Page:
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God’s providence during trying moments

By Austen C. Ukachi
17 July 2022   |   2:42 am
The story of Elijah and the visit of the Angel of God to him in his very low moments is one account that highlights the goodness of God towards His children in their hour of need.

Austen C. Ukachi. Photo: HEISALIVEBLOG<br />

“But he, himself, went a day’s journey into the wilderness, and came and sat down under a broom tree. And he prayed that he might die, and said, ‘It is enough! Now, Lord, take my life, for I am no better than my fathers! And the angel of the Lord came back the second time, and touched him, and said, ‘arise and eat, because the journey is too great for you.’ So he arose, and ate and drank; and he went in the strength of that food forty days and forty nights as far as Horeb, the mountain of God, “ (I Kings 19:4-8 NKJV).

The story of Elijah and the visit of the Angel of God to him in his very low moments is one account that highlights the goodness of God towards His children in their hour of need. It shows how God cares for His own, even in their very low moments. Elijah fled when Ahab told Jezebel how the prophet had destroyed the prophets of Baal. With only a simple threat from Jezebel, Elijah ran for his dear life. A prophet who had single-handedly killed 450 prophets of Baal took to his feet; he could not withstand the threat of a lady. What a sharp contrast to his brazen display of courage at Mount Carmel!

What is very interesting was how God intervened to save the life of the prophet when he fell into depression. If anyone is looking for an example of a frustrated and depressed man he can find it in Elijah, at least his prayer suggests that. “It is enough!” he said to God, “Now, Lord, take my life, for I am no better than my fathers!”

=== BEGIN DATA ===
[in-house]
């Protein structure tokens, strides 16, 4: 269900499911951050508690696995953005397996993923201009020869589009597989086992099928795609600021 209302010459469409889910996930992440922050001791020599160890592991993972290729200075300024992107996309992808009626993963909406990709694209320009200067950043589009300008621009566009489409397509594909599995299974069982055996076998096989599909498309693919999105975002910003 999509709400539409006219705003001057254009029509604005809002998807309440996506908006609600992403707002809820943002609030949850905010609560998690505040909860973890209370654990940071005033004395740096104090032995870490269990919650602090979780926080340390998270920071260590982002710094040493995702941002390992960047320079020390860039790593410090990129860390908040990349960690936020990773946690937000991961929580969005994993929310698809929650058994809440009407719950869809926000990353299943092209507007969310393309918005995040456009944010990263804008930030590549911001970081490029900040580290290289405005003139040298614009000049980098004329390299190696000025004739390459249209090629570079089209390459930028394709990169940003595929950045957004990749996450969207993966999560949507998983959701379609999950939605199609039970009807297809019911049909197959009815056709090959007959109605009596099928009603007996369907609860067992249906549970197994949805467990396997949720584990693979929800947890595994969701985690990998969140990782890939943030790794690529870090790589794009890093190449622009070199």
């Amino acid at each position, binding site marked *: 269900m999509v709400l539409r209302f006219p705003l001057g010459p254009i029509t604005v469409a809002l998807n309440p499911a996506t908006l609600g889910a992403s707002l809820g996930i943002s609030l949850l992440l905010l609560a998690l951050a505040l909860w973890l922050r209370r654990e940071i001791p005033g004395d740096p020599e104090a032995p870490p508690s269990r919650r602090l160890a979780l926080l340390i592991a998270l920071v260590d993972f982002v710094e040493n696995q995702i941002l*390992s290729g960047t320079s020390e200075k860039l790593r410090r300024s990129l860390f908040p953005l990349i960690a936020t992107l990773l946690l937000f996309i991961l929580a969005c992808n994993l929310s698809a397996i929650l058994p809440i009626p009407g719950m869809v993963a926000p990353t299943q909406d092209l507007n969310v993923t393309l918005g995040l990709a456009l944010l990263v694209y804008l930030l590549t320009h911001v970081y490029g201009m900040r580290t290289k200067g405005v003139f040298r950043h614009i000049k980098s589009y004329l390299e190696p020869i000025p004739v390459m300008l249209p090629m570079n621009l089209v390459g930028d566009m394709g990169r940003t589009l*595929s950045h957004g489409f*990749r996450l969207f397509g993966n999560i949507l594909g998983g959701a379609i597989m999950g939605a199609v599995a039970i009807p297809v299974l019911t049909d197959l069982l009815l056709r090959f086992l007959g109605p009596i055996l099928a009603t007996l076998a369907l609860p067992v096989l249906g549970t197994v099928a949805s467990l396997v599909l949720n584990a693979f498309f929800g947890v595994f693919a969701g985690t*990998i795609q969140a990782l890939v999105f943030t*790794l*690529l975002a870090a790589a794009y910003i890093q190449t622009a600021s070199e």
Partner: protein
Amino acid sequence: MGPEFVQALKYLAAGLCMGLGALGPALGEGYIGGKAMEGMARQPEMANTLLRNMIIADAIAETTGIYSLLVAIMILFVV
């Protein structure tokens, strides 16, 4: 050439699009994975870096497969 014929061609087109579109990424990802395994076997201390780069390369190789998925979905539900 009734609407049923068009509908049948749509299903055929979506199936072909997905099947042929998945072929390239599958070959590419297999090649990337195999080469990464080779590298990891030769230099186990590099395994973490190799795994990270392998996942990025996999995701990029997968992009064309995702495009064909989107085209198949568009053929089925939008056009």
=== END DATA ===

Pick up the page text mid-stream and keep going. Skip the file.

For a prophet of Elijah’s calibre to say to God, “it is enough!” says a lot about the agony he passed through at that moment. Elijah’s demand for God to take his life shows how frustrated he was. It is a sign that any of us, no matter how spiritual, could very easily succumb to despair and depression.

Again, Elijah claimed he was no better than his fathers; was that true or just a statement made out of frustration? Although we do not know anything about Elijah’s pedigree; one thing is certain his fathers most likely did not serve the true God. The Scriptures just said this about him: Elijah the Tishbite of the inhabitants of Gilead,” nothing else is said about his parentage. It is easy to descend into depression and frustration when we get to our wit’s end. What is shocking, however, is how Elijah who was once at the peak of his ministry at Mount Carmel could condescend so fast to this level of frustration.

The Angel of God came the second time to him and said, “arise and eat, because the journey is too great for you.” This shows God’s love and cares to save a prophet from depression. God does not and will never abandon us in our low moments. The Psalmist said: “The Lord is close to the brokenhearted. He rescues those whose spirits are crushed,” (Psalm 34:18 – NLT).

God often steps in to renew our strength when we are discouraged. The way God renewed Elijah’s strength was to give him a piece of cake to eat. Elijah was commanded twice, “arise and eat.” The second time he was told, “because the journey is too great for you.” What journey and how far?

A distant and tedious journey requires stamina and determination to accomplish. That was indirectly God’s message to Elijah. 

Contact:pastoracukachi@gmail.com

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